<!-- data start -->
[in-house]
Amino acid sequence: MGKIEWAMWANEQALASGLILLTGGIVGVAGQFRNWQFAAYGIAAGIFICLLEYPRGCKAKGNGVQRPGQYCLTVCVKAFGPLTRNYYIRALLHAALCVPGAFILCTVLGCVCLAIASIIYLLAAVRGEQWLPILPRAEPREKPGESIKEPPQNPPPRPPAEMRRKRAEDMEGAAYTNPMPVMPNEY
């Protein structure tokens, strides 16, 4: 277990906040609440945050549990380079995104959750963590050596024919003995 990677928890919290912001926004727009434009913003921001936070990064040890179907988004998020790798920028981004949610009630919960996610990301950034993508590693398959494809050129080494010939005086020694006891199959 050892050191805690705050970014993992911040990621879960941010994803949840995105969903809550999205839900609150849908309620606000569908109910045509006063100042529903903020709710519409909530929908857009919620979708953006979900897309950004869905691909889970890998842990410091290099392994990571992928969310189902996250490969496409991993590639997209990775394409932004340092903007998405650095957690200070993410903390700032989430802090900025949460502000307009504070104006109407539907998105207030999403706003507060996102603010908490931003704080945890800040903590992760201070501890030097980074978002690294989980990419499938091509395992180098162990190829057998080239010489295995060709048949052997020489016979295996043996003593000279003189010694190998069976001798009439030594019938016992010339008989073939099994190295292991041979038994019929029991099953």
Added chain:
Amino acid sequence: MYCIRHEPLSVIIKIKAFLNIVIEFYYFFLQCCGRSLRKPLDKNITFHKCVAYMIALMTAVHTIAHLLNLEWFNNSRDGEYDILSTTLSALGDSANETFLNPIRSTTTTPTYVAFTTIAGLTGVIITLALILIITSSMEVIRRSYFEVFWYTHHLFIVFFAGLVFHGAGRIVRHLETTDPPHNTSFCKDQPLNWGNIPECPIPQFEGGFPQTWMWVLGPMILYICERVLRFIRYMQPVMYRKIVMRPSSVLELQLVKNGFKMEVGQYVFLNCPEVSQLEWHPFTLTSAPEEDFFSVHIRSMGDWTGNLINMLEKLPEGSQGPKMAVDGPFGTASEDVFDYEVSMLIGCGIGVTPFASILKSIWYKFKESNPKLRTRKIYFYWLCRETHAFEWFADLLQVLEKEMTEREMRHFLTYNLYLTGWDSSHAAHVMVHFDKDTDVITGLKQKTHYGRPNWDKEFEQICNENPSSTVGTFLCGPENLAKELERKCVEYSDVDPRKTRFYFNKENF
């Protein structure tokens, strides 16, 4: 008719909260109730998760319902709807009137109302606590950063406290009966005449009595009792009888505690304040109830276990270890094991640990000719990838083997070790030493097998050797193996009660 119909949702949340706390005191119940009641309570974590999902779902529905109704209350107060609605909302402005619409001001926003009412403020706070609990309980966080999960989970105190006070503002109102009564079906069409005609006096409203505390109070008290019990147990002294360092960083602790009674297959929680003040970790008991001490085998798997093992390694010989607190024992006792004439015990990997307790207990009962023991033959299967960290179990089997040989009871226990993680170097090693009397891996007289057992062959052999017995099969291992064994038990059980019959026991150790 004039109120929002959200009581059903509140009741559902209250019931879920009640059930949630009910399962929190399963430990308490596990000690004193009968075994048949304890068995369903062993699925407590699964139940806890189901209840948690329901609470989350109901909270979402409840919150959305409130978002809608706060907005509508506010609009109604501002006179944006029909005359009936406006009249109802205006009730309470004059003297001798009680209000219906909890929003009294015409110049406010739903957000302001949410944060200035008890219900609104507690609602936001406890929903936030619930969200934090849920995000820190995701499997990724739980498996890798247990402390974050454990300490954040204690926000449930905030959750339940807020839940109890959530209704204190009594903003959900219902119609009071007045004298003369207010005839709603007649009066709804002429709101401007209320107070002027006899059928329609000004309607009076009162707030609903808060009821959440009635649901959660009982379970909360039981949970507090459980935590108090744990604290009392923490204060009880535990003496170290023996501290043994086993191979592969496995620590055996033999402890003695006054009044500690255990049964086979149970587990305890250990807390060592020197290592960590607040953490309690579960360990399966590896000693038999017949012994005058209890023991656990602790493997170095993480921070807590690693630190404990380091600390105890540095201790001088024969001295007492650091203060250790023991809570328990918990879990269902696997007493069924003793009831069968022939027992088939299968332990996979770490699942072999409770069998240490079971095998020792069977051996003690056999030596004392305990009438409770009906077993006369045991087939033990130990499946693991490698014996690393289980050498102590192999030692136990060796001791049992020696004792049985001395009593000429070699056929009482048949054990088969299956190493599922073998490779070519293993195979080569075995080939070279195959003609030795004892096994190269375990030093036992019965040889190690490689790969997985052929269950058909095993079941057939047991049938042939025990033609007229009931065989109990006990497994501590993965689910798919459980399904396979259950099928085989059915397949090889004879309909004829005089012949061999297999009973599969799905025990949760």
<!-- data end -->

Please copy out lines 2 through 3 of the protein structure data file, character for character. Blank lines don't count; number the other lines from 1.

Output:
Amino acid sequence: MGKIEWAMWANEQALASGLILLTGGIVGVAGQFRNWQFAAYGIAAGIFICLLEYPRGCKAKGNGVQRPGQYCLTVCVKAFGPLTRNYYIRALLHAALCVPGAFILCTVLGCVCLAIASIIYLLAAVRGEQWLPILPRAEPREKPGESIKEPPQNPPPRPPAEMRRKRAEDMEGAAYTNPMPVMPNEY
């Protein structure tokens, strides 16, 4: 277990906040609440945050549990380079995104959750963590050596024919003995 990677928890919290912001926004727009434009913003921001936070990064040890179907988004998020790798920028981004949610009630919960996610990301950034993508590693398959494809050129080494010939005086020694006891199959 050892050191805690705050970014993992911040990621879960941010994803949840995105969903809550999205839900609150849908309620606000569908109910045509006063100042529903903020709710519409909530929908857009919620979708953006979900897309950004869905691909889970890998842990410091290099392994990571992928969310189902996250490969496409991993590639997209990775394409932004340092903007998405650095957690200070993410903390700032989430802090900025949460502000307009504070104006109407539907998105207030999403706003507060996102603010908490931003704080945890800040903590992760201070501890030097980074978002690294989980990419499938091509395992180098162990190829057998080239010489295995060709048949052997020489016979295996043996003593000279003189010694190998069976001798009439030594019938016992010339008989073939099994190295292991041979038994019929029991099953």